TUESDAY, JAN. 8 Art Exhibits Gestures Unearthed, 9 a.m.-5 p.m., Artisans Enterprise Center, Free. 859-292-2322; Covington.

Exercise Classes Cardio Dance Party!, 7:30-8:30 p.m., Locomotion on the Levee, 1 Levee Way, $10 drop-in. Presented by Cardio Dance Party. 513-617-9498; Newport. Jazzercise Classes, 9:30-10:30 a.m.; 4:30-5:30 p.m.; 6-7 p.m., Jazzercise Crescent Springs Center, $34 for unlimited monthly classes. 859-331-7778; Crescent Springs.

Exhibits Divided We Stood: Northern Kentucky in the Civil War, 10 a.m.-5 p.m., Behringer-Crawford Museum, 859-491-4003; Covington.

On Stage - Comedy

Holiday - Christmas

Open Mic Comedy with Jay Armstrong, 9 p.m. Doors open 7 p.m., The Thompson House, 24 E. Third St., 859-261-7469; Newport.

Holiday Toy Trains, 10 a.m.-5 p.m., Behringer-Crawford Museum, Included with admission: $7, $6 ages 60 and up, $4 ages 3-17; free ages 2 and under. 859-491-4003; Covington.

Recreation Bridge, 12:30-3 p.m., Scheben Branch Library, 8899 U.S. 42, Open play. All ages. Free. Through Jan. 31. 859-342-2665. Union.

Senior Citizens Get Started with Gym and Tom’s Monday Morning Exercise Class, 10-11 a.m., Elsmere Senior Center, 179 Dell St., 859-727-2306. Elsmere. Yoga Fitness for Seniors, 12:30-1:30 p.m., Walton Multipurpose Senior and Community

Music - Classical Music on the Avenue Series, 8 p.m. With Suzanne Bona, flute; Richard Goering, guitar; Audrey Luna, soprano; Brad Caldwell, piano., St. John United Church of Christ Bellevue, 520 Fairfield Ave., Sanctuary. Free art show and reception follows performance. Free. 859-261-2066; Bellevue.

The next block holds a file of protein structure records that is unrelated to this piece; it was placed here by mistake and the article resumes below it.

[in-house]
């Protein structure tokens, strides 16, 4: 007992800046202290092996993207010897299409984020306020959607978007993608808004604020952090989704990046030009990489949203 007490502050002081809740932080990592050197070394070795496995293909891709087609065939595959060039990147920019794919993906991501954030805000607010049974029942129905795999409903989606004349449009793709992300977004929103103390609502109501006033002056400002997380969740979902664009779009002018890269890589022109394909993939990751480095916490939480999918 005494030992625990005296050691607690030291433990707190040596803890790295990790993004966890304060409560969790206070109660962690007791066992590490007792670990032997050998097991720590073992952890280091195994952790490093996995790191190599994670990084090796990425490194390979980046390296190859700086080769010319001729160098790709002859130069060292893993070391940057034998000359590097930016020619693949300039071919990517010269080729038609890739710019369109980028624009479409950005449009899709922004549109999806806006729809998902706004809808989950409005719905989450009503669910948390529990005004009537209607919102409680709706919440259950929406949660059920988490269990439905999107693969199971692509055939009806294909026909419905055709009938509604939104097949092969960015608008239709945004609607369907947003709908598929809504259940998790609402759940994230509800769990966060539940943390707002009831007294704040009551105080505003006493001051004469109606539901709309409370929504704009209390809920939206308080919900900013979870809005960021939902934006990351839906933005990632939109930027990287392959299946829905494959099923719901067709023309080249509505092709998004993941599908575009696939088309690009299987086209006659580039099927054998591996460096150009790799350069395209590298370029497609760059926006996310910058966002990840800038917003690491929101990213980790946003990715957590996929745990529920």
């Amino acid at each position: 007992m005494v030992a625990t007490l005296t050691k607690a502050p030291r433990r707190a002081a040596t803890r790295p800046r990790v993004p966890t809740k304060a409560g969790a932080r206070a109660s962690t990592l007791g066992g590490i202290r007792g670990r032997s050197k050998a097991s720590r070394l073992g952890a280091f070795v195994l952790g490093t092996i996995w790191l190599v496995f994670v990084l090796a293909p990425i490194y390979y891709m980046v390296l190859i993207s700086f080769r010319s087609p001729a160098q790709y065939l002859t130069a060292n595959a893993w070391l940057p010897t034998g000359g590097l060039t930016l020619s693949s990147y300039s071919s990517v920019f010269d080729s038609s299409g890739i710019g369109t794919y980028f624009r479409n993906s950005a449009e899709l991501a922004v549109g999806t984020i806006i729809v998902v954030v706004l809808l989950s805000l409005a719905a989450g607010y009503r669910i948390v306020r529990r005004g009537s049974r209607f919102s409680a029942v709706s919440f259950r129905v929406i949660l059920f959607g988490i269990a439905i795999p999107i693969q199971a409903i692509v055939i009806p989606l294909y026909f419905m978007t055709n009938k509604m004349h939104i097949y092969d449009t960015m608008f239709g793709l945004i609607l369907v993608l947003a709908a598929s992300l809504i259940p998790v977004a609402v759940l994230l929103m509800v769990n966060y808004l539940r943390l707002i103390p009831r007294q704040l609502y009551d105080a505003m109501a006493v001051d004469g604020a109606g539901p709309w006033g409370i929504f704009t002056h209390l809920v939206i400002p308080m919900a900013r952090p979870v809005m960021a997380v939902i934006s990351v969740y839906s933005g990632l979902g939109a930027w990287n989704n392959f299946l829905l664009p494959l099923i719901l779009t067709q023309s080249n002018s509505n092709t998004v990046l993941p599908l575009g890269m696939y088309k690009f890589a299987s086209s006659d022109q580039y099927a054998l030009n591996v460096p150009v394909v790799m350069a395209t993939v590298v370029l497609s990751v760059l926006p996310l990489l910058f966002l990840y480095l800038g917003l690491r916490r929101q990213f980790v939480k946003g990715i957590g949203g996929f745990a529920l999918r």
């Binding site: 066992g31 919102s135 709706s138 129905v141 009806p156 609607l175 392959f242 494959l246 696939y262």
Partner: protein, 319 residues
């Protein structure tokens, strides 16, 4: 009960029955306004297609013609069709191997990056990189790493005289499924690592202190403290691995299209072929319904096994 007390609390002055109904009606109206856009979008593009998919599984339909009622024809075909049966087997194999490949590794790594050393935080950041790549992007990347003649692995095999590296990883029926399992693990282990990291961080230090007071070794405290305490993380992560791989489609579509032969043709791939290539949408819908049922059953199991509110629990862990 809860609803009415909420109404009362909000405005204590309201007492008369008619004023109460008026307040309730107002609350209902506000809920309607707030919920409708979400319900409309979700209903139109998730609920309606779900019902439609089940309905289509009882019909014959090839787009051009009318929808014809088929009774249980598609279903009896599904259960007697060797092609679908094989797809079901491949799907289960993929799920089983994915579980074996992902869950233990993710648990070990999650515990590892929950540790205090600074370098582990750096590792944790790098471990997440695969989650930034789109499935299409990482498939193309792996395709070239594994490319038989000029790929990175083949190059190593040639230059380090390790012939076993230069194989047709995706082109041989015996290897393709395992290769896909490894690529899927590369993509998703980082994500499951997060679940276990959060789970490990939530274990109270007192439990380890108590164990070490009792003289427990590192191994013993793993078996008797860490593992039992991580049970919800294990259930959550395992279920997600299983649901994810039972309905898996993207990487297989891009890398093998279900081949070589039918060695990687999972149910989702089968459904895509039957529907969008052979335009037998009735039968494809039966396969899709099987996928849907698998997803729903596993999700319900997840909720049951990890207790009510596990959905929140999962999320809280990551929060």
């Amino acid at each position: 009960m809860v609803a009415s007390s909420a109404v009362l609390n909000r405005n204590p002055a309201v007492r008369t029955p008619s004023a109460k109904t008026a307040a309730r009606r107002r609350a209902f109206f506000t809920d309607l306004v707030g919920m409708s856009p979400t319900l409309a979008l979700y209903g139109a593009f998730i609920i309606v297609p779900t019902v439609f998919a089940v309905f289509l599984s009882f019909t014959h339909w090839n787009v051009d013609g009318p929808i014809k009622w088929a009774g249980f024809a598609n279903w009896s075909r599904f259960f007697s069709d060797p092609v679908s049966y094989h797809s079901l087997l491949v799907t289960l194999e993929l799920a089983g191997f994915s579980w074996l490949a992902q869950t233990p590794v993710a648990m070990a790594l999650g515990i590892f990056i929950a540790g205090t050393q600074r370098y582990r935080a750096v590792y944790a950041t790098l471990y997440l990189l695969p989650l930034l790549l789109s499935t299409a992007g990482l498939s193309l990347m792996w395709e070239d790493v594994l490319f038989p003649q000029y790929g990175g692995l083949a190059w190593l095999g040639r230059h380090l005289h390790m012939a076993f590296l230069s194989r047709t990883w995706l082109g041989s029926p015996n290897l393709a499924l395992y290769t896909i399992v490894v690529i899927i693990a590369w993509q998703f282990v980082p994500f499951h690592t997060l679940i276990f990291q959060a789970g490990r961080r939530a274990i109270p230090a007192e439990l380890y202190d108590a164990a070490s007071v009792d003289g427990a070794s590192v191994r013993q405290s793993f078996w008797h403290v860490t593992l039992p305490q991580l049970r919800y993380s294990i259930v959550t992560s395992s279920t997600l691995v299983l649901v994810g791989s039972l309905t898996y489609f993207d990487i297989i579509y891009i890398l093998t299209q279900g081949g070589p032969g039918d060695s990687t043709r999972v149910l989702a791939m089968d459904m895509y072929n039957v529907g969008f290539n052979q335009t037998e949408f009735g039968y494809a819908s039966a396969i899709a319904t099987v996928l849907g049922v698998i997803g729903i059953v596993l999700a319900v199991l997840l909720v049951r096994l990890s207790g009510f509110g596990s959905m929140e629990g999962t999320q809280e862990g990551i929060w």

Music - DJ Devout Wax, 8 p.m.-1:30 a.m.,

Mudpies, will perform 10 p.m. Friday, Jan. 4, at The Southgate House Revival, 111 E. Sixth St., Newport. FILE PHOTO

The Southgate House Revival, 111 E. Sixth St., The Lounge. Vinyl night. Margaret and Jonathan spin eclectic wax. Including an all spin-by-request set, bring your own records. Also, local/regional-only set. Ages 21 and up. Free. 859-4312201; DevoutWax. Newport.

Music - Jazz Mike Darrah, 7 p.m., Dee Felice Cafe, 529 Main St., Pianist. 859-261-2365; Covington.

Music - Rock Corpus Christi, 7 p.m. With Behold! The City, Conquerors, Beneath the Destruction, the Colour of Amber, the Few, the Fallen and Another Untold Story., The Thompson House, 24 E. Third St., Christian metal band from Cincinnati. $10. 859-2617469. Newport.

WEDNESDAY, JAN. 9 Art Exhibits Gestures Unearthed, 9 a.m.-5 p.m., Artisans Enterprise Center, Free. 859-292-2322; Covington.

Auditions Seussical the Musical, 7-9 p.m., Union Community Building, Free. 859-384-0295; Union.

Holiday - Christmas Holiday Toy Trains, 10 a.m.-5 p.m., Behringer-Crawford Museum, Included with admis- Newport. Jazzercise Classes, 9:30-10:30 a.m. 4:30 p.m.-5:30 p.m. 6 p.m.-7 p.m., Jazzercise Crescent Springs Center, $34 for unlimited monthly classes. 859-331-7778; Crescent Springs. Inner GLOW Yoga, 5:30-6:30 p.m.; 6:45-7:45 p.m., Glow Gallery Studio, 264 W. Pike St., Faith-based yoga movement class uses breath to guide from one posture to the next while surrounded by artwork in contemporary art gallery space. $10. 513-295-5226; Covington.